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Appointments approved for Social Equity, Racial Justice Commission

Ashland City Hall.

ASHLAND — Ashland City Council unanimously approved appointments to the Social Equity and Racial Justice Commission Tuesday, bringing together 10 individuals to sit on the newly formed commission focused on identifying issues and supplying remedies related to systemic inequity.

As allowed by Ashland Municipal Code, Mayor Julie Akins appointed Amit Choudhary, Cheri Elson, Julie Gillis, Keith Jenkins, Irene Kai, Anyania Muse, Nataki Garrett, Emily Simon, Tamara Williams and Precious Yamaguchi. Councilor Gina DuQuenne will serve as council liaison.

“We have a nice representation of different interests and different levels of skill with regard to this,” said Councilor Stefani Seffinger in a motion to approve the appointments during the Tuesday council business meeting.

The SERJ Commission is tasked with providing council recommendations and community education on “policies, measures and practices to foster racial and social equity and respectful intergroup relations,” according to council documents.

The commission must be composed of nine to 11 Ashland residents representing an array of interests, perspectives, experience with race and social equity work and/or background as members of historically marginalized and underrepresented groups.

“Commission members shall serve as individuals exercising their own best judgments and not as delegates or spokespersons for their respective organizations or groups,” according to the city.

Choudhary is a software engineer and farmer and has organized vigils and marches for racial equity and offered free community meditation for three years, according to his commission application.

Elson, a retired estate planning attorney, brings her background as the child of a Holocaust survivor and Jew who has experienced discrimination.

“I know that, as a white person, I don’t get to say what racism is — my job is to listen, learn and support,” Elson said. “Just as, as a Jew, I do get to say what anti-Semitism is and non-Jews have a role to listen, learn and support.”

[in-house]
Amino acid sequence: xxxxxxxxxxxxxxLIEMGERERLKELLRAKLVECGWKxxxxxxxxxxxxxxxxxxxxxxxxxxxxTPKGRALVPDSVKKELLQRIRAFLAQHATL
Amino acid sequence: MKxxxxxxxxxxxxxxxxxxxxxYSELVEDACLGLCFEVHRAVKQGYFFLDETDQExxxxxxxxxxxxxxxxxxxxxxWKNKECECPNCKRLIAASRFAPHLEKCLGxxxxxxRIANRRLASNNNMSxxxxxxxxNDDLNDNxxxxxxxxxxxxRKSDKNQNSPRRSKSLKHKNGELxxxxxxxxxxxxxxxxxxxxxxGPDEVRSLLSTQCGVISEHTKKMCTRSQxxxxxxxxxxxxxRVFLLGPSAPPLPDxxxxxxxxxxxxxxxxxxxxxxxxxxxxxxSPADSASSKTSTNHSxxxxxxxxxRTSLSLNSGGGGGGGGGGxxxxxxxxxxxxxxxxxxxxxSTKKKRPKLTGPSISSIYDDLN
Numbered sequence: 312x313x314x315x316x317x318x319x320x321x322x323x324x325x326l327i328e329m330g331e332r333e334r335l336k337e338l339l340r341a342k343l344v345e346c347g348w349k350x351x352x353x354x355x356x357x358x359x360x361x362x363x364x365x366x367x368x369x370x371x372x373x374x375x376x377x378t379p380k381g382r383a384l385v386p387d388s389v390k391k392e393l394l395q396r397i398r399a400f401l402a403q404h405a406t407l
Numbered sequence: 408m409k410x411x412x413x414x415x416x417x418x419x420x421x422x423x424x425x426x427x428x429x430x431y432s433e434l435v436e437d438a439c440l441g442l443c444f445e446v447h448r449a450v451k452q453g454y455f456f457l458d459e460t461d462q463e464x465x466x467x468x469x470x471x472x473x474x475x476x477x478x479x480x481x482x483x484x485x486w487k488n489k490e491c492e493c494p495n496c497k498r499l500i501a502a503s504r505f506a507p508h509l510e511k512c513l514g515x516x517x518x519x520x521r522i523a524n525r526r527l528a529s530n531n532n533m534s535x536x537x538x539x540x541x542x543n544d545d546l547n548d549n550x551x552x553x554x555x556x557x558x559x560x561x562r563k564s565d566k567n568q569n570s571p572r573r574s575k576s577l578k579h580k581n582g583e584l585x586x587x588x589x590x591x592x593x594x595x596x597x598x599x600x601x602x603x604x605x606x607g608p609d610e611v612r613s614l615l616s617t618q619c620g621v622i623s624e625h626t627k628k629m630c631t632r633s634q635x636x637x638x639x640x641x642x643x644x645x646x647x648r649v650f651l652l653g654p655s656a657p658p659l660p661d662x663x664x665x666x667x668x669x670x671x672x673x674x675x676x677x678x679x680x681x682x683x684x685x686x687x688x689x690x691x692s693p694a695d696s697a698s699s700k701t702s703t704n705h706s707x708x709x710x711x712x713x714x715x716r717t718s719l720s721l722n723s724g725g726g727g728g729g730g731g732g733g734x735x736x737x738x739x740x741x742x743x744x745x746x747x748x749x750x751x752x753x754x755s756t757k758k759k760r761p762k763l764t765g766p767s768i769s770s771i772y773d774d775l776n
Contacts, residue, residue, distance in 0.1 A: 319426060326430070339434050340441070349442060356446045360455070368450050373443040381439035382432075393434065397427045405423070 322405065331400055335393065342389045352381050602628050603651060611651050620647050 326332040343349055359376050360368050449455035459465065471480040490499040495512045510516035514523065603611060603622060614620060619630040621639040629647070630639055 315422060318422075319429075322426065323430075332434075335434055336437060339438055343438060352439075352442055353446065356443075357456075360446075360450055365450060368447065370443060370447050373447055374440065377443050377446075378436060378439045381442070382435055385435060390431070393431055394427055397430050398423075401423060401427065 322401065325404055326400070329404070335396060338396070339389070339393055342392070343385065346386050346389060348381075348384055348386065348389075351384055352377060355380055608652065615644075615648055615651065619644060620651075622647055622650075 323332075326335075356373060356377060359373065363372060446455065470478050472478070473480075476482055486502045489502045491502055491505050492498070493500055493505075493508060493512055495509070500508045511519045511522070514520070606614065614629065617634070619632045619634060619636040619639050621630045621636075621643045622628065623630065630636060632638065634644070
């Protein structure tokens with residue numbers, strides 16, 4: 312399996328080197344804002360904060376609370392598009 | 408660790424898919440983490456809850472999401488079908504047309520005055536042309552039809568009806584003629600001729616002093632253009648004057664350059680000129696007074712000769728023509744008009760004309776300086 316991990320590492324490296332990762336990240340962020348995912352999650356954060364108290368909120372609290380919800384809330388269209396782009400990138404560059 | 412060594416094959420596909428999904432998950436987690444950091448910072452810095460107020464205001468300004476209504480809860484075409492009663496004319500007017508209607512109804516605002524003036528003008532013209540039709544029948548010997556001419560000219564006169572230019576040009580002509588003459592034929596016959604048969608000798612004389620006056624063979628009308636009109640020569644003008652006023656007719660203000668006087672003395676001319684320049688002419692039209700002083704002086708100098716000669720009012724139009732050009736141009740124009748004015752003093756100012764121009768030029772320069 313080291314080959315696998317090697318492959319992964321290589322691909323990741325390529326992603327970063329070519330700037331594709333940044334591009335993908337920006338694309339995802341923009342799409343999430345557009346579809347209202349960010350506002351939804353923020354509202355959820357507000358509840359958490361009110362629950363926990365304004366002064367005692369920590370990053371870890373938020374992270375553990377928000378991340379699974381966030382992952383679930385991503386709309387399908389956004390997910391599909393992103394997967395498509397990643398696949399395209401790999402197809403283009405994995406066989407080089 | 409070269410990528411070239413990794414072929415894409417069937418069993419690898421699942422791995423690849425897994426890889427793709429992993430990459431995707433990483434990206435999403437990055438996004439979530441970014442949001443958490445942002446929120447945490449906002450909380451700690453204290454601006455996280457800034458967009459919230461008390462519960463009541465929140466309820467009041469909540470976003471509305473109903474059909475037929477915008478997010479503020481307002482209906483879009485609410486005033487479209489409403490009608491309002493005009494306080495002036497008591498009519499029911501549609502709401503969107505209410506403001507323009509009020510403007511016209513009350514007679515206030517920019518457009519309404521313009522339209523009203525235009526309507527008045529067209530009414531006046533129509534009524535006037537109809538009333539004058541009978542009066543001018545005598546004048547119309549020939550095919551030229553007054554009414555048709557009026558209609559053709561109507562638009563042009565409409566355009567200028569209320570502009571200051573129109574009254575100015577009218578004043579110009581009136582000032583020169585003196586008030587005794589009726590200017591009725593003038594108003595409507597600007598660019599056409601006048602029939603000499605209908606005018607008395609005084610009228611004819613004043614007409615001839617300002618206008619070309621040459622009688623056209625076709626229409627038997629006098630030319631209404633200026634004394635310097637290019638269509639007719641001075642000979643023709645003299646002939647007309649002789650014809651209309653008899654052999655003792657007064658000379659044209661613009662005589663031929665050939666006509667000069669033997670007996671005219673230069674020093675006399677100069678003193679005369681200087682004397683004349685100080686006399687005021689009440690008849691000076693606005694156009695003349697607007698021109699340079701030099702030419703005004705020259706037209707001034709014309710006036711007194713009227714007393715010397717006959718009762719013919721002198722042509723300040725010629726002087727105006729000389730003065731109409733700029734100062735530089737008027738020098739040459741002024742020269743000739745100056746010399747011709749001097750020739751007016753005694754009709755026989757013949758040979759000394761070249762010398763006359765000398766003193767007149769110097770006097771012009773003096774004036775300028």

Gillis is director of development for Southern Oregon PBS and joins the commission with formal cultural agility training, Social Justice Training Institute immersion and professional experience with deescalation and human rights-focused activism.

Jenkins, vice president of Southern Oregon Black Leaders, Activists and Community Coalition, seeks to bring accountability to local government through better representation.

“We know there are Black folks in Ashland, but I can go days without seeing someone who looks like me,” Jenkins said. “I want people to look at who’s on this commission and see faces that they can identify with and feel comfortable bringing us their issues and having open, honest dialogue with the goal of creating a better, more equitable Ashland.”

Art instructor at Rogue Community College and co-founder of the Ashland Culture of Peace Commission, Kai brings her background as a Chinese immigrant, race awareness educator and 24-year member of the Ashland community.

Muse is the newly appointed Director of Inclusion, Diversity, Equity and Access for the Oregon Shakespeare Festival, selected for her robust career in equity, public policy and organizational change. Muse founded S.A.V.A. Rising Inc., a “national nonprofit focused on educational pathways for underrepresented families and communities,” according to her application.

OSF Artistic Director Garrett will also hold a seat on the commission, backed by 15 years in leadership roles with accompanying equity, diversity and inclusion training.

Simon’s legal career brings experience with the juvenile justice, foster care and public school systems and her recent efforts include action on the Black Alliance & Social Empowerment police liaison initiative and “Every Student Belongs” policy in the Medford School District.

Precious Yamaguchi, associate professor of communications at Southern Oregon University, has published literature about communication and culture and teaches courses about international, intercultural, gender and digital communication topics.

As an advisory body, commission duties include celebrating diversity, promoting economic opportunities for people of color, LGBTQ+ community members and people with disabilities, and offering space to address incidents of prejudice. The commission does not have investigatory or enforcement authority beyond the arrangement of “impartial, nonbinding, collaborative conciliatory services.”